‘Why does Ireland spend so much on health and have so little to show?’

Health decisions based on political expediency, says Sligo consultant Donal Murray

Consultant cardiologist Dr Donal Murray: Large amounts of health spending are wasted on “committees and talking shops designed to avoid any serious and rational decision-making”.

Consultant cardiologist Dr Donal Murray: Large amounts of health spending are wasted on “committees and talking shops designed to avoid any serious and rational decision-making”.

 

Vast amounts of health spending are wasted on “committees and talking shops designed to avoid any serious and rational decision-making”, a veteran consultant has claimed.

Decisions on healthcare are made only when it is “seen to be politically expedient”, says Dr Donal Murray, a consultant cardiologist in Sligo for the past 30 years.

“As a delaying tactic a new working group is established with a view to kicking that particular can down the road with no consideration of cost or the effects on healthcare.”

Dr Murray says hospital groups were set up with the promise that they would be “masters of their own services, yet their hands are completely tied because they have no access to funding”.

Last week’s budget saw a €1 billion increase in health spending to €17 billion, the highest on record. This is despite the Health Service Executive overspending its budget by €2 billion in the past four years.

Dr Murray says he is “perplexed” why Ireland as a nation spends so much on healthcare “yet has so little to show for it”. He believes his own experience trying to recruit new staff and to set up specialist cardiac services in Sligo go some way to explaining why.

Recruitment difficulties

His frustrations arise from the difficulties experienced by Sligo University Hospital in recruiting a second consultant to join him in the cardiology unit and in securing action on numerous reports that have recommended the setting-up of a cardiac catheterisation lab in the hospital.

The first time the hospital advertised the post in 2016 there were no applicants. It was readvertised last year and the post was offered to a candidate trained in Ireland and Australia. Last month, however, this person said he would not be taking up the post. With no other candidate deemed qualified at interview, the hospital now faces having to advertise the position for a third time.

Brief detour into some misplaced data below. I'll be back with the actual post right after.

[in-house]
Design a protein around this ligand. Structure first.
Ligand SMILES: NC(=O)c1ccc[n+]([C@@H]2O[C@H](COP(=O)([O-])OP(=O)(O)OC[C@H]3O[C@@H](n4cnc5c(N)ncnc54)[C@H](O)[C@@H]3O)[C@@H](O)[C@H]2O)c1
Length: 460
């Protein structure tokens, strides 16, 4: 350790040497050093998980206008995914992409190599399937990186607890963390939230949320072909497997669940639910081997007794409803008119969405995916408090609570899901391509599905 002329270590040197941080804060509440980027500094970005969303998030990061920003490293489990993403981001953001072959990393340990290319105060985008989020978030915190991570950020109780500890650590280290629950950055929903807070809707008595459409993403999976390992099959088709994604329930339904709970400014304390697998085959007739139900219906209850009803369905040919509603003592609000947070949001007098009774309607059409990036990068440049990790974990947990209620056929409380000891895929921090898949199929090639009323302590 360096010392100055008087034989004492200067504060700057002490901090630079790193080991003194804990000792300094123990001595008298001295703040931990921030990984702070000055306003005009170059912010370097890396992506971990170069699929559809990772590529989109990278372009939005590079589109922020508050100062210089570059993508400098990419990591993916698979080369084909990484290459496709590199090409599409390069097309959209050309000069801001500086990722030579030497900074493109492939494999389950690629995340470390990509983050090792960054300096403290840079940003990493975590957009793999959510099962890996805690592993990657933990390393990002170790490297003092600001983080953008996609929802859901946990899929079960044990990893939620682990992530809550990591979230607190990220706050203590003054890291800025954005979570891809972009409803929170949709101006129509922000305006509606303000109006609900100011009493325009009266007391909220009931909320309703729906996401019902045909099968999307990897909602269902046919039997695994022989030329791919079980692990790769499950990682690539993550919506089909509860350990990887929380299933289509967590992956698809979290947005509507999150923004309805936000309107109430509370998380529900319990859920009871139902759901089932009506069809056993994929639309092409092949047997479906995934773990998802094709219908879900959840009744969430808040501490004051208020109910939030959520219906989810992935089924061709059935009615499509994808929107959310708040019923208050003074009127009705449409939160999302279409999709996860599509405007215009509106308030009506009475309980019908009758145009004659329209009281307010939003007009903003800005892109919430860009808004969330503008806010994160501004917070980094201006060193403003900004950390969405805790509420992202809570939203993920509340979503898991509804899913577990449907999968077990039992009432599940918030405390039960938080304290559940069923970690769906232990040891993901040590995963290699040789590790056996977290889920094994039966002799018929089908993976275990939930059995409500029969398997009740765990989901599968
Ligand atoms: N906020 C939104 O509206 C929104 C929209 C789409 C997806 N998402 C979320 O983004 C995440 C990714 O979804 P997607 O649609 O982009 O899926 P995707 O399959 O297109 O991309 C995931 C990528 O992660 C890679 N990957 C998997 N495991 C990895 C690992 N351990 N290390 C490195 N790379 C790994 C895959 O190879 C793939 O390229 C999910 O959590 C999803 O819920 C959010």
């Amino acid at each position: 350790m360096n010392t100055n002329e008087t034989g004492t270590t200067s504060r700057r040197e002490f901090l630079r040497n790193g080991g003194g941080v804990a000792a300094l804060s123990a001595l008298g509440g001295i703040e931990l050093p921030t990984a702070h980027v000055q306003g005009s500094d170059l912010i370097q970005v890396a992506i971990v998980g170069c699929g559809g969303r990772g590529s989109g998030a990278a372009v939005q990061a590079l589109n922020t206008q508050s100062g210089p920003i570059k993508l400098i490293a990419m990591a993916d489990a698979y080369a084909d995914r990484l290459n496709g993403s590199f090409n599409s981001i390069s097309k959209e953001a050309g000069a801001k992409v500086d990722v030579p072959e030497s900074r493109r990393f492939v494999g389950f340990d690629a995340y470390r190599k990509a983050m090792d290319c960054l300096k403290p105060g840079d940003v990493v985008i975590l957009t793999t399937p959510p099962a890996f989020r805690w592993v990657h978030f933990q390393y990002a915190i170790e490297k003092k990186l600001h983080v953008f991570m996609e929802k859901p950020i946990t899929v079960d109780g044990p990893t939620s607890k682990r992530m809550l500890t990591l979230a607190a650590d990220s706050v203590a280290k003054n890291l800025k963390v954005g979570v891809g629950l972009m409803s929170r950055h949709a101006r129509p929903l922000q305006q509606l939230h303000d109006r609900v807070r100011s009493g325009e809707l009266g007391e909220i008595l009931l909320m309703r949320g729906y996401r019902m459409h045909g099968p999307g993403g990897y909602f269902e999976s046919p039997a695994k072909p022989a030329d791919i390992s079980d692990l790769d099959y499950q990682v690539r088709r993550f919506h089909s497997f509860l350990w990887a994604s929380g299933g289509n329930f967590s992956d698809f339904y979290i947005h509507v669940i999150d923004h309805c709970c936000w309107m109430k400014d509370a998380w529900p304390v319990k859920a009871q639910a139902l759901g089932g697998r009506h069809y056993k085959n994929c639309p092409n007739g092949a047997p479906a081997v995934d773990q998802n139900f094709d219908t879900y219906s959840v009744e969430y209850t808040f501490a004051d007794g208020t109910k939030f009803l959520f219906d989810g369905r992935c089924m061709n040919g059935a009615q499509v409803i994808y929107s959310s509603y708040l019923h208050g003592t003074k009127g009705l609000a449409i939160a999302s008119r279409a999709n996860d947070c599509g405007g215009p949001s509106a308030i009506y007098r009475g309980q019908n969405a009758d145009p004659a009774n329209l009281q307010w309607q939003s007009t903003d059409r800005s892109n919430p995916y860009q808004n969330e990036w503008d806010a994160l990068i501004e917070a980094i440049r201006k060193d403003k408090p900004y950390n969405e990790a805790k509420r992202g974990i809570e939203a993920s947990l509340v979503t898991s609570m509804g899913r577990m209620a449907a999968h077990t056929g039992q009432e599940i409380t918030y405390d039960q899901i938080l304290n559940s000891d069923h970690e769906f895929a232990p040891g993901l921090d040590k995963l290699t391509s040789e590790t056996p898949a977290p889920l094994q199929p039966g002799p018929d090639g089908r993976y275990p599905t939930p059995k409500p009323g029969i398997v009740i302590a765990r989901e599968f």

“Undoubtedly, the absence of any progression on the provision of a cardiac catheterisation lab [a specialist facility for diagnosing heart problems] was critical to his decision-making,” says Dr Murray. “In the absence of progress on this, the chances of filling the post would appear to be very limited.”

The cath lab sought by Sligo would carry out “bread and butter” cardiac work such as stenting and angiograms rather than dealing with acute heart attack cases, he says.

‘Illogically spent’

At present, most of the work on Sligo patients is done in Dublin or Galway, but travelling to these locations involves long journey times and sometimes, overnight stays for patients in the northwest.

Since 2001, the HSE has spent €10.5 million transferring 550 cardiology patients a year from Sligo to Galway or Dublin, he says. Another €3.6 million has been spent on renting a “temporary” visiting lab in Sligo over that time.

“This is money poorly and illogically spent. If we had gone ahead with a proper cath lab from day one, we would have saved a shed-load of money.”

Asked why the development of a cath lab in Sligo has made so little progress, he says it is due to “our lack of political influence in the world”. The town hasn’t had a heavyweight political figure at Cabinet since Ray MacSharry was minister for finance in the 1980s.